Diary of Charles Ovendon Godden, a shopkeeper at Godden & Co, Kimberley at the time of the 124-day Siege of Kimberley. 203 numbered pages, 2 hand-drawn maps in a cloth folder and 2 permits issued to him.
Godden describes in great detail the military operations in and around Kimberley and gives the reader a thorough insight into daily life in the town during the Siege. The diary starts on a letter head of his business - Godden & Co on 14 October, 1899. The last dated entry on 18 February, 1900, three days after the Siege ended, is followed by a three-page ‘conclusion’. The diary, in his words is a ‘War’ letter that he addressed to his father, and he committed himself to daily observations.
Godden understood the historical context he found himself in and reported with authority on military maneuvers. He describes Boer positions, movements and tactics in areas around Kimberley like Spytfontein, Scholtz’s Nek, Belmont, writes about contact between Relief troops and Boers in places further afield like Magersfontein, Jacobsdal etc, updates on the Siege of Mafeking are also provided. He frequently reports on casualties on both sides, describes the shelling of Kimberley in much detail as well as the destruction it caused and how it affected the residents. There is also occasional references to amusing incidents.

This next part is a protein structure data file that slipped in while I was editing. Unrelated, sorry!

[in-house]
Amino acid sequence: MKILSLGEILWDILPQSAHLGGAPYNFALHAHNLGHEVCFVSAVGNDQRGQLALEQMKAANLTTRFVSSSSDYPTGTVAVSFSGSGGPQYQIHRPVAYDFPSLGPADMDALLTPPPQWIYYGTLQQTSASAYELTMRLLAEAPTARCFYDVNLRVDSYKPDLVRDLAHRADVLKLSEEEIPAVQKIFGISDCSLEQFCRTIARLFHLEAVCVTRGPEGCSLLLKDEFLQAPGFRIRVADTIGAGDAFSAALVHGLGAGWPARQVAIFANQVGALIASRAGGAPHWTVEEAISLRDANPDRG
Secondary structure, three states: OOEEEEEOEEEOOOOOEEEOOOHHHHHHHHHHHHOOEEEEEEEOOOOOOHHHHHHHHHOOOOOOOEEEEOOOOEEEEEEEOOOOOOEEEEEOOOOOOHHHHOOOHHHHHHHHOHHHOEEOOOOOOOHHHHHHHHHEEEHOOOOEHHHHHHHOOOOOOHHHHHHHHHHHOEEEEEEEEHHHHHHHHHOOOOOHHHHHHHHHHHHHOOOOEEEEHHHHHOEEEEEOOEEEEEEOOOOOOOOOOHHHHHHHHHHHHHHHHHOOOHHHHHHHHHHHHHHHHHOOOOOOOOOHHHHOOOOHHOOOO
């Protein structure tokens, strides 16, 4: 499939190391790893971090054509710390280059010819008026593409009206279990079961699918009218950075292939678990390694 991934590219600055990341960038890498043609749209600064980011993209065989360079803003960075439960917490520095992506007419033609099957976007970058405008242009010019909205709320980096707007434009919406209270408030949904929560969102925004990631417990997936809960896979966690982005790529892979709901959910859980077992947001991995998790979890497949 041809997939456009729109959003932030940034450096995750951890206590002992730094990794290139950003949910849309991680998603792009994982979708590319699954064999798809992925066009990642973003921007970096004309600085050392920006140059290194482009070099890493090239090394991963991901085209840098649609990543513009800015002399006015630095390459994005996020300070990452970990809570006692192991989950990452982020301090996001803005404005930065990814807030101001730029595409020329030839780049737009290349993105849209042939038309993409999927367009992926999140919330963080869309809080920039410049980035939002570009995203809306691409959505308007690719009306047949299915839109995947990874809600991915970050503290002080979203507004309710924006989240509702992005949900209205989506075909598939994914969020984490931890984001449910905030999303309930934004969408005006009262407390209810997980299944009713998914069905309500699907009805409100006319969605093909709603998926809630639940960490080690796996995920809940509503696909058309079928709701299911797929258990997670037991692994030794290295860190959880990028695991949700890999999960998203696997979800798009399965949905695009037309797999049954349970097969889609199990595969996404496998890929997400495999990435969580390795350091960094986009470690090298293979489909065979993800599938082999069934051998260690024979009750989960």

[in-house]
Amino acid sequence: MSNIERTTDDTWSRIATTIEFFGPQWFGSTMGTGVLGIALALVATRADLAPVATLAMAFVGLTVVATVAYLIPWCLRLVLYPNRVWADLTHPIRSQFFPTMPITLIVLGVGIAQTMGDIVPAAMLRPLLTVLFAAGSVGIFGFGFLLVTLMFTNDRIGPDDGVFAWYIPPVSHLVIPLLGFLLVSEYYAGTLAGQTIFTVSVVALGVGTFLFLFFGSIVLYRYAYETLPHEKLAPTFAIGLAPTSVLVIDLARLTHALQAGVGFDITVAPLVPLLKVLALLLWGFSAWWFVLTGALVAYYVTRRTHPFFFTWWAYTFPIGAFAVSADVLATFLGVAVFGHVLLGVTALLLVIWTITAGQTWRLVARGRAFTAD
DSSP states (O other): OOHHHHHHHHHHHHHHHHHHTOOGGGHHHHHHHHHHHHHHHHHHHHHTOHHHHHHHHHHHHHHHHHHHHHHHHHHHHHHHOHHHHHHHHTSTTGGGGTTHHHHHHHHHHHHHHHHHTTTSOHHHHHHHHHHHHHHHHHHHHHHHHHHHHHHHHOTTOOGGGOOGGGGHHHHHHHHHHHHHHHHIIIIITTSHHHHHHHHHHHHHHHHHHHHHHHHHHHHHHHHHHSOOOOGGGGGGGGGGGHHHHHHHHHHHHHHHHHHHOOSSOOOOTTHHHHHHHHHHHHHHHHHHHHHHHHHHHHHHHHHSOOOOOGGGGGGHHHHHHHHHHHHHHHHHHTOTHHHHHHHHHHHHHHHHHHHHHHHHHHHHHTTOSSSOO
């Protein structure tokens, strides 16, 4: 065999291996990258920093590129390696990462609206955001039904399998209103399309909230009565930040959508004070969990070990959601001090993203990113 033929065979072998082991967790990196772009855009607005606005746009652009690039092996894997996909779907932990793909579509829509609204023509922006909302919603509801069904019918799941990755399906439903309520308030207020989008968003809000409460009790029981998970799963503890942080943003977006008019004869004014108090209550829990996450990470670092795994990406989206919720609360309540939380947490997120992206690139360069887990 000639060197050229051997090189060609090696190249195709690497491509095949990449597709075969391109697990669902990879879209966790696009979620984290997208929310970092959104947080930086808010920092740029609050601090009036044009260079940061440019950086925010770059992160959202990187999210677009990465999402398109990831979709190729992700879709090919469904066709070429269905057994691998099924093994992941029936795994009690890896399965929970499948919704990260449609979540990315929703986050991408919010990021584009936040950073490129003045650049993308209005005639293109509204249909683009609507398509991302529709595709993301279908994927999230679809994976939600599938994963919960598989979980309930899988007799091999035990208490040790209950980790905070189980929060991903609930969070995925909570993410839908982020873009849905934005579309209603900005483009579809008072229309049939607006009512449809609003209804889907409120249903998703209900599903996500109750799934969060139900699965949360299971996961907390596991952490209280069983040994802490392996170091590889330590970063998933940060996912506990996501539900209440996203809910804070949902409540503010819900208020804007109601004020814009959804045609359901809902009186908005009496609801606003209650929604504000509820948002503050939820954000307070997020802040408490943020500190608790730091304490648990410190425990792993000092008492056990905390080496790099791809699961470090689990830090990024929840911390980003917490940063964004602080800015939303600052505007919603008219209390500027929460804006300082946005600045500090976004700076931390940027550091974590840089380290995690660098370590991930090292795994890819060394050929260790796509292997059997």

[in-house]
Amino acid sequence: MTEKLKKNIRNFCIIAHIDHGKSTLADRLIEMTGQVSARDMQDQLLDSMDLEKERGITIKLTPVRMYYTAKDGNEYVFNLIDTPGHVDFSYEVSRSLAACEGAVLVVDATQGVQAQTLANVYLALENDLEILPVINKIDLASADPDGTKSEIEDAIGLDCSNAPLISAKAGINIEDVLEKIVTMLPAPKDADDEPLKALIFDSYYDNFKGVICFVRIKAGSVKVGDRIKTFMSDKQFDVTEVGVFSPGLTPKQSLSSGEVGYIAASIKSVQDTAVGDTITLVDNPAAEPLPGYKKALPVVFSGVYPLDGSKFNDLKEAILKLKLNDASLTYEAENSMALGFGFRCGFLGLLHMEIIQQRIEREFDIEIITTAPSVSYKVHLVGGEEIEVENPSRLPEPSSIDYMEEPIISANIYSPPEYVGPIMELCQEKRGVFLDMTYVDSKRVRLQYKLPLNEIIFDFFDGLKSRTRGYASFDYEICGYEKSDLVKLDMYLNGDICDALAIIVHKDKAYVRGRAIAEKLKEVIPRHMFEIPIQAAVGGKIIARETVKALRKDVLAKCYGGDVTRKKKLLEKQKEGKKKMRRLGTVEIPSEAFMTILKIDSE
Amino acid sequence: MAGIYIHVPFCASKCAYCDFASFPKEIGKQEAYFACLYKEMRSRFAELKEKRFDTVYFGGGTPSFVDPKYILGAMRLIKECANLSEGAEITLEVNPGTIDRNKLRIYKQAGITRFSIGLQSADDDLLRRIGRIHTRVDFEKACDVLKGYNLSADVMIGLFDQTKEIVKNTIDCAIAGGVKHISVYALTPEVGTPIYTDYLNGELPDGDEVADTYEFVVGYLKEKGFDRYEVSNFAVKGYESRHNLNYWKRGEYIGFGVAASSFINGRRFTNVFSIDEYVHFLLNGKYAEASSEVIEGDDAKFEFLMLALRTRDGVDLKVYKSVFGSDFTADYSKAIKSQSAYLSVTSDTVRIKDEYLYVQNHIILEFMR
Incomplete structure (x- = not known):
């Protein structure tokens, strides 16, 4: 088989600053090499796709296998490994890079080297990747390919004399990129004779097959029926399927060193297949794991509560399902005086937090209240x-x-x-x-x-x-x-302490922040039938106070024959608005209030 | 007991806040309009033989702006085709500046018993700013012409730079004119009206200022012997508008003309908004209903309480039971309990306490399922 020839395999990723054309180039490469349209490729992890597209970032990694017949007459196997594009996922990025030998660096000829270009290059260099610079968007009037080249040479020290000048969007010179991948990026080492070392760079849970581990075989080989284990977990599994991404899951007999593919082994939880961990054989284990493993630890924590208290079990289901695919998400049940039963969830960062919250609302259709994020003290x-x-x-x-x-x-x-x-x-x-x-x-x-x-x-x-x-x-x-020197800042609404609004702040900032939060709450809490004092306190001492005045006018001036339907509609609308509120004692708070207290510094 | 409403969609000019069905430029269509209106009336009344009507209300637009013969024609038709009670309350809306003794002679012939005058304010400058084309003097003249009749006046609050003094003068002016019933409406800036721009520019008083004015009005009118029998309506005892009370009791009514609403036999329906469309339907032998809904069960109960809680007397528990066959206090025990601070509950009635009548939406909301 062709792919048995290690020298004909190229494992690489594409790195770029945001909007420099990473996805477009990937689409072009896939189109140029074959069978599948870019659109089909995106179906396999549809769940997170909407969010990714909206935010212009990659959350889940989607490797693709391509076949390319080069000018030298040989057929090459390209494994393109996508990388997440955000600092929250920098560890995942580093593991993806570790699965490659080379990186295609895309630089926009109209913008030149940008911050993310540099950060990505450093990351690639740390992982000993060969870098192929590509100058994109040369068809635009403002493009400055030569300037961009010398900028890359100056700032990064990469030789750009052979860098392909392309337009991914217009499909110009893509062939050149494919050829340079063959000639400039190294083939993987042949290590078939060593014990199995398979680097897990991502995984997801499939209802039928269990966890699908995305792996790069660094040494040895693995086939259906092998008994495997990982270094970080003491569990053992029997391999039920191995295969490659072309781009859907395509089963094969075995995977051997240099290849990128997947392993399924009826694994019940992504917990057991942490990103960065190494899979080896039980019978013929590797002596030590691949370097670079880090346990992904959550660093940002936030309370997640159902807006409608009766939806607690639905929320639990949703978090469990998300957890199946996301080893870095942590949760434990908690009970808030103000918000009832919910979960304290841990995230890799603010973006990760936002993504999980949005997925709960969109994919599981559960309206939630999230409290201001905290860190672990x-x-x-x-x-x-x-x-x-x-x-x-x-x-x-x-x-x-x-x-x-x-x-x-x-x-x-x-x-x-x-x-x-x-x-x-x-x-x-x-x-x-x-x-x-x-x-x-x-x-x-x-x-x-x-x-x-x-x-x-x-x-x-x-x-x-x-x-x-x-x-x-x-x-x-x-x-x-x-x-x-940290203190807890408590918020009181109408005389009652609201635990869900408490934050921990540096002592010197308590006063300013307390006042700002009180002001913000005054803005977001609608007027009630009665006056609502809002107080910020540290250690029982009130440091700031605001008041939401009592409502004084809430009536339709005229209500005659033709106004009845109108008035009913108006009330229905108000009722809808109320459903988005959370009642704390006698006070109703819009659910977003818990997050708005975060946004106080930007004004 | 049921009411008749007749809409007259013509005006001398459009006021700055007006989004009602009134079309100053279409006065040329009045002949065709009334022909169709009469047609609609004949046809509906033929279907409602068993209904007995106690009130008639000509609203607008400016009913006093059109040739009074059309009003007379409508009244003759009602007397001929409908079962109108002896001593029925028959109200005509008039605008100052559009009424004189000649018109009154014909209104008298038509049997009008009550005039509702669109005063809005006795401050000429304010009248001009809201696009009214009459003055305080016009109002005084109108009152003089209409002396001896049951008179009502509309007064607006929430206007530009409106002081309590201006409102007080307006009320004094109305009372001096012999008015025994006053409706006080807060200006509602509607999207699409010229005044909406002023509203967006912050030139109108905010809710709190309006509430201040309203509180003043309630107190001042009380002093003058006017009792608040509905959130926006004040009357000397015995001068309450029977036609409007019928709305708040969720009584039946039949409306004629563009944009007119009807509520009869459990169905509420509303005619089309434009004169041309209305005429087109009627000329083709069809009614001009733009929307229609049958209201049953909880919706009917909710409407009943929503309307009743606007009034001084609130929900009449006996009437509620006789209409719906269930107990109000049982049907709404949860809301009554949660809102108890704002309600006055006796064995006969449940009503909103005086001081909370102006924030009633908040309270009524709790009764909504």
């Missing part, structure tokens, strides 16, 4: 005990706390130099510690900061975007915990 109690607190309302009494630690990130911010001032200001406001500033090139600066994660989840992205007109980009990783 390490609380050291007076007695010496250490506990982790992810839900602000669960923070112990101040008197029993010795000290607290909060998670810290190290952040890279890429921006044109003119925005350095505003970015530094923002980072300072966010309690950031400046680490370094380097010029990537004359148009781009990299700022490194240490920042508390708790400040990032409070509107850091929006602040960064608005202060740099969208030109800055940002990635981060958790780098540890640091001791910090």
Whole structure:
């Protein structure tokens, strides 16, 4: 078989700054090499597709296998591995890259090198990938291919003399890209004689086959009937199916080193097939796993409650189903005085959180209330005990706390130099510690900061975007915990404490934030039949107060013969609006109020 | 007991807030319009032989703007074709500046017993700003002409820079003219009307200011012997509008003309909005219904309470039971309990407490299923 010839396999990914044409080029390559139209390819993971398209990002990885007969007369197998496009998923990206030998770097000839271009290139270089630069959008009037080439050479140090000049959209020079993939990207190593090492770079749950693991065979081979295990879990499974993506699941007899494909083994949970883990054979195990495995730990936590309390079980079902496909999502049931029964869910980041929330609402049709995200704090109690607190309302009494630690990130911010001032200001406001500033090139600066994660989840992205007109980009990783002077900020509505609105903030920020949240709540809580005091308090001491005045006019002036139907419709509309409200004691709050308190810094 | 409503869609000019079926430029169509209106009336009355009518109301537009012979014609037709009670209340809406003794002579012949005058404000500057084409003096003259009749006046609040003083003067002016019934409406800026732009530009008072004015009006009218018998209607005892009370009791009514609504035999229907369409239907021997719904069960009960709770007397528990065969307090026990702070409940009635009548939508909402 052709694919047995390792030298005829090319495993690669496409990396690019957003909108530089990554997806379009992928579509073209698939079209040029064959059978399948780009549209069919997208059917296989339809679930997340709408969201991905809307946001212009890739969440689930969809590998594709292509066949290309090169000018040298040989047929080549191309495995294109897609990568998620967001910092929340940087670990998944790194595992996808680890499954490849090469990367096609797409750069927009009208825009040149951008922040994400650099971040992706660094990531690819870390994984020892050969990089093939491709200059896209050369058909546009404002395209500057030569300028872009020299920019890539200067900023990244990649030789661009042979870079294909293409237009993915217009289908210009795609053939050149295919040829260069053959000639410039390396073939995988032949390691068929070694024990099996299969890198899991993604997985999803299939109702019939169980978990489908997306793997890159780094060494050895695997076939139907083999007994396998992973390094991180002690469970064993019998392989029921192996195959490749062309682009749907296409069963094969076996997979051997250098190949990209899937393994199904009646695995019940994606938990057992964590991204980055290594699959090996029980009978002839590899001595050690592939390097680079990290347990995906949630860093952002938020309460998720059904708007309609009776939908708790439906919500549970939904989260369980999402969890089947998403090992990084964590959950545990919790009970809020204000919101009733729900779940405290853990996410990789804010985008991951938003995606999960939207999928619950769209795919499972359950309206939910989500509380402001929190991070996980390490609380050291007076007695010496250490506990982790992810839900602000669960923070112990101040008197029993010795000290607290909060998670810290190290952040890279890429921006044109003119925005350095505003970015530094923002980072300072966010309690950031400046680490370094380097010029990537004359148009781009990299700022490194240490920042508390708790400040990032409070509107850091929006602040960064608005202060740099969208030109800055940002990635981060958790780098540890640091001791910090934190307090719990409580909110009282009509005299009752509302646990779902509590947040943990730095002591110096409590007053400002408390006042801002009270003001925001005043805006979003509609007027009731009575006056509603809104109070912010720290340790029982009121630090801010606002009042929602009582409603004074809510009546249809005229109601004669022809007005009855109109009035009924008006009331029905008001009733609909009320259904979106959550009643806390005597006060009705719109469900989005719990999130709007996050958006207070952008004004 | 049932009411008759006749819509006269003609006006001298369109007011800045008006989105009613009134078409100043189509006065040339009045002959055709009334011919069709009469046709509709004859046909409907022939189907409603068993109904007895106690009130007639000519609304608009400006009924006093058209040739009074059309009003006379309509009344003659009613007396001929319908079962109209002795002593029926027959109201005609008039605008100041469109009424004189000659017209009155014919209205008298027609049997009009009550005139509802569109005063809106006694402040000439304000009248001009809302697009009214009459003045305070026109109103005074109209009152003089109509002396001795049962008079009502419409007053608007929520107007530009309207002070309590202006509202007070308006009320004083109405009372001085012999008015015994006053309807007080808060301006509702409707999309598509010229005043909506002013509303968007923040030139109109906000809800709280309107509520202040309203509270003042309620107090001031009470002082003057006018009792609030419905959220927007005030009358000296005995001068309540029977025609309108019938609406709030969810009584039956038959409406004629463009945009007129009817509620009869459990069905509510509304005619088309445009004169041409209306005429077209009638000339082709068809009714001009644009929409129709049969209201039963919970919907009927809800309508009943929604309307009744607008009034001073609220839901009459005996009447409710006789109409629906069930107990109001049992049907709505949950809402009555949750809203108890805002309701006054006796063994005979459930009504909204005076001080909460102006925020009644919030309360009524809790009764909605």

Some extracts from the diary:
Godden was quite outspoken about the Boers, their strategies and tactics:
“Today (Sunday) the Boers are apparently praying for assistance, chewing their ‘Biltong’ as their guns are not to be heard.”
A “personal friend”, captured and subsequently released was told by the Boer Commando that “he could go to Kimberley as that was their Parliamentary centre as soon as the war was over.”
“Occasionally one sees a traitor being marched through the streets…”
“… the (Kimberley) rebels ought to be shot stone dead.”
“… these 28 (Boers caught) miserable-looking, scraggy-bearded, half startled specimens of uncivilized humanity passed by my place".
“… when our troops reached them, as usual, hoisted the white flag unsurrendered. After having hoisted the flag, they actually wounded three of our men - another dastardly act of the Boers.”
“A friend of mine was shot after the hoisting of White flag”.